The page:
3.  I don't need the Book of The Month club when I've got you laying down the quotes as a part of your signature.  Nothing says "Damn, I'm academic and philosophical" more than a good quote at the end of your signature.  What's that?  This week is something from Sun Tzu?   Sweet!  I was just thinking that business is a lot like ancient war, and you broke it down perfectly...

4.  Oops - This person doesn't have a signature.  What's that mean?  Probably a deep thinker who has disconnected themselves from the false status of titles.... Or, they don't know how to program a VCR.  Either way, I want to give them a big hug... They are my heros in world flooded with advertising, positioning and spin...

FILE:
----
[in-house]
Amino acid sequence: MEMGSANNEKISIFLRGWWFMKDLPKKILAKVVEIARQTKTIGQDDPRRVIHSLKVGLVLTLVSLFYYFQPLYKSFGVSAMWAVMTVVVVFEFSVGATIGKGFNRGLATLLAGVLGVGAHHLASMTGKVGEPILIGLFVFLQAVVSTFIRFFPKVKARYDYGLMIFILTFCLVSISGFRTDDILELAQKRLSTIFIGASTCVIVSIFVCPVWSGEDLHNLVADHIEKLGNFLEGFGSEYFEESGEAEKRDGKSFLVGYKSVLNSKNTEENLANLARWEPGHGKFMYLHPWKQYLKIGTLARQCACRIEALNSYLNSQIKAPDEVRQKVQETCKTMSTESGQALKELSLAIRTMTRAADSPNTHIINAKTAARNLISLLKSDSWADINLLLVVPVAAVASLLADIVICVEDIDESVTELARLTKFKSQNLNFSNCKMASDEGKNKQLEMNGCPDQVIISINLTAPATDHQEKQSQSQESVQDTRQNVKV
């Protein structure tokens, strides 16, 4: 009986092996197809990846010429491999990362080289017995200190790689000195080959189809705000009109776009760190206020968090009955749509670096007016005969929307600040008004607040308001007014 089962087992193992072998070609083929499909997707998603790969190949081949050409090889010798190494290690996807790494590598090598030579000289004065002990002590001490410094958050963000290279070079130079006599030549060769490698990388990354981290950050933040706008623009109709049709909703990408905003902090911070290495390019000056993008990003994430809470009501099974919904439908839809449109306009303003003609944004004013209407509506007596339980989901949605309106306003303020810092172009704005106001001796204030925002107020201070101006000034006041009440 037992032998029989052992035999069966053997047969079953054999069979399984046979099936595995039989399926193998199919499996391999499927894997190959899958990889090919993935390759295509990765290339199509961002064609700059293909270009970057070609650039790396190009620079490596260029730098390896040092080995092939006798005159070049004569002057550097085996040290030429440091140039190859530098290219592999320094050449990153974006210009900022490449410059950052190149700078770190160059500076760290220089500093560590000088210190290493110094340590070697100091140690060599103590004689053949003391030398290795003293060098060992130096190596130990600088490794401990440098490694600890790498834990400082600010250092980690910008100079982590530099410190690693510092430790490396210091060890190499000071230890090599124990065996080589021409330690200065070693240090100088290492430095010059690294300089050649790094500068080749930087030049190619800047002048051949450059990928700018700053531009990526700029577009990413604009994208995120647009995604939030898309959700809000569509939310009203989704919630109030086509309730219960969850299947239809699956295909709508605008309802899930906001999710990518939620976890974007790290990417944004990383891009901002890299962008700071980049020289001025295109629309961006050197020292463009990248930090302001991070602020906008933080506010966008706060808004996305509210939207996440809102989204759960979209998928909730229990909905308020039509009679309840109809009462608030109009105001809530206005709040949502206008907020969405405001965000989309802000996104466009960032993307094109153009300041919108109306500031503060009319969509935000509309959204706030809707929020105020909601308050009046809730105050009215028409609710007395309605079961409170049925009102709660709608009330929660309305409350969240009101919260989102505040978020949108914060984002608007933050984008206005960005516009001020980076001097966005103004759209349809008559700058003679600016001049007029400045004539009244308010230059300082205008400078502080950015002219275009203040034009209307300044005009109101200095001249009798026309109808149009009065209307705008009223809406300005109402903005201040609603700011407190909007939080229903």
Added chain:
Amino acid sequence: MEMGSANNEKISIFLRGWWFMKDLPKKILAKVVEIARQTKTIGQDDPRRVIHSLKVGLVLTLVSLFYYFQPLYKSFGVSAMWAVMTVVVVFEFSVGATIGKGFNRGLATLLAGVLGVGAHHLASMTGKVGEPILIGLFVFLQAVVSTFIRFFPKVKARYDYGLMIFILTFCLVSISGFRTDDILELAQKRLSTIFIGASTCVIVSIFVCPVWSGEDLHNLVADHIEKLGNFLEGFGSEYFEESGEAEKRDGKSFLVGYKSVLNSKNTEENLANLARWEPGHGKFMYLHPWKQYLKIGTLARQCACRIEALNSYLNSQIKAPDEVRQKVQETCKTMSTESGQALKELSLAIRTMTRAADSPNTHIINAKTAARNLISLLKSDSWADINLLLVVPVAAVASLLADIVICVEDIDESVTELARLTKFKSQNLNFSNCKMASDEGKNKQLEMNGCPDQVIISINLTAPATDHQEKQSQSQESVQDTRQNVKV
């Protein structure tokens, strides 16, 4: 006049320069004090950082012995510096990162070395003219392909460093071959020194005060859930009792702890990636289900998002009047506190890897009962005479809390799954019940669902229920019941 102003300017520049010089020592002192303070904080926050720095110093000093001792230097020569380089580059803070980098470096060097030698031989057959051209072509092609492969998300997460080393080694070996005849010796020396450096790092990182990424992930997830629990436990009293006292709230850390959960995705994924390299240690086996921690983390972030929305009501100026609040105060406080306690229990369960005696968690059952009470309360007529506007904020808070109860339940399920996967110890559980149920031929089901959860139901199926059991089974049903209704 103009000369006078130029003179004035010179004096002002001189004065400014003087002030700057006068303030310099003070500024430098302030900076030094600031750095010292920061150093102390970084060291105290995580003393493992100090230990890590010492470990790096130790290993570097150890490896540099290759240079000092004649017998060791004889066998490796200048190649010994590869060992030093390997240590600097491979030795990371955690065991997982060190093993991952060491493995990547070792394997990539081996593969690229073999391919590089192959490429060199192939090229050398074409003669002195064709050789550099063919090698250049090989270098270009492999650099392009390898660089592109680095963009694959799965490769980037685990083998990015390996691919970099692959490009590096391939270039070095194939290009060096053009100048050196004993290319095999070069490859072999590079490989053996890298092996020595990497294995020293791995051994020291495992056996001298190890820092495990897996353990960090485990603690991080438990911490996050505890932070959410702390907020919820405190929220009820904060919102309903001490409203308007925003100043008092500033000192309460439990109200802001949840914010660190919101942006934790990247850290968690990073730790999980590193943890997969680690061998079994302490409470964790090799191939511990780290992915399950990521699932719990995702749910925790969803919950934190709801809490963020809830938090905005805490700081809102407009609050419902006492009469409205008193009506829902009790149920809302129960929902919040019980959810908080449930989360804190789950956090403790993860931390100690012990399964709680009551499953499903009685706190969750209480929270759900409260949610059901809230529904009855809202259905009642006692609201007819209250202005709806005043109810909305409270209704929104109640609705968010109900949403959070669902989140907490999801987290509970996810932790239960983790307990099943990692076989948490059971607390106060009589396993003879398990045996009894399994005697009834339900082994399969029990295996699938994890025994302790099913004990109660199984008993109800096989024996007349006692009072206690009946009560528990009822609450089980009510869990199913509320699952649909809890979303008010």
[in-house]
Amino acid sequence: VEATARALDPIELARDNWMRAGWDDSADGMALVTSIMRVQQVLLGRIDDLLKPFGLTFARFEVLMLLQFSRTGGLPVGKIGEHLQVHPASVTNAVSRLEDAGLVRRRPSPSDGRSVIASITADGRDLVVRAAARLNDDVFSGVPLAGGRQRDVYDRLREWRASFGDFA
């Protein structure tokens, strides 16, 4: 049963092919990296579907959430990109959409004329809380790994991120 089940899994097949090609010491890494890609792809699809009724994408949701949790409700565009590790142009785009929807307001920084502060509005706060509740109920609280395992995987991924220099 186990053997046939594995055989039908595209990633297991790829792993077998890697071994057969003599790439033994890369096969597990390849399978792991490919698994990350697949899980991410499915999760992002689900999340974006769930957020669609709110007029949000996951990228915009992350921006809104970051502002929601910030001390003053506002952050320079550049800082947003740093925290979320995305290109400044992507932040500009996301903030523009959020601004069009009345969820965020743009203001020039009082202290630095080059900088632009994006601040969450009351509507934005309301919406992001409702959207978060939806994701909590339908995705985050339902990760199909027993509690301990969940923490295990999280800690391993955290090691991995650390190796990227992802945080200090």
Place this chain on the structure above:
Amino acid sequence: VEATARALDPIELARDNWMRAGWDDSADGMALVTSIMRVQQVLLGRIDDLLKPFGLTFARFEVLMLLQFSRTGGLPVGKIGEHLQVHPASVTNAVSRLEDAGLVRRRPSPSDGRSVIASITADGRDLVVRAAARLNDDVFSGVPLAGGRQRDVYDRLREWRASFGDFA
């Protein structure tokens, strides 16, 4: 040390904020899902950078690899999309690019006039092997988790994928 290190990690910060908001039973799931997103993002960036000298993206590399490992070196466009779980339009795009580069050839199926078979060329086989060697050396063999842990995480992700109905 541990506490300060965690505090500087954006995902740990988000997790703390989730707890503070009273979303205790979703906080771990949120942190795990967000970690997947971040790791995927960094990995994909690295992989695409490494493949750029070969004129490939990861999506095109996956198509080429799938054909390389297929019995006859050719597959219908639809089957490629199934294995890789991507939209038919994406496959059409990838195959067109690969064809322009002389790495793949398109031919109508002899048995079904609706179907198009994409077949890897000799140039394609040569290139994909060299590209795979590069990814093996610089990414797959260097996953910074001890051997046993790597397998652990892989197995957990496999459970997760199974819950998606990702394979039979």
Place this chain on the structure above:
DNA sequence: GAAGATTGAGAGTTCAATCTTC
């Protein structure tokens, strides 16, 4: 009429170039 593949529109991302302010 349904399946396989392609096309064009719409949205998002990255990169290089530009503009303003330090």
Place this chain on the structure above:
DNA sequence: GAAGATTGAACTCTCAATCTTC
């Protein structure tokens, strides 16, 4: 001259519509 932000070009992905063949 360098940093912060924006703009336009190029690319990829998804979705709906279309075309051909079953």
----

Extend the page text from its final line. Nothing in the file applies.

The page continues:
It's America, so you can do what you want with your email signature!!  Just know all your friends will be psychoanalyzing every letter, color and font from the cheap seats....


Why HR Pros Should Love the New England Patriots...

My latest article at workforce.com is up this week, and I'm in an NFL state of mind.  What's on my radar?  I think all HR Pros who follow the NFL, in even a passing fashion, should be in love with the New England Patriots. 

Not because they are 18-0, but because they epitomize teamwork.  Here's one illustration from myVrabel article of how the Patriots' organization gets the TEAM concept: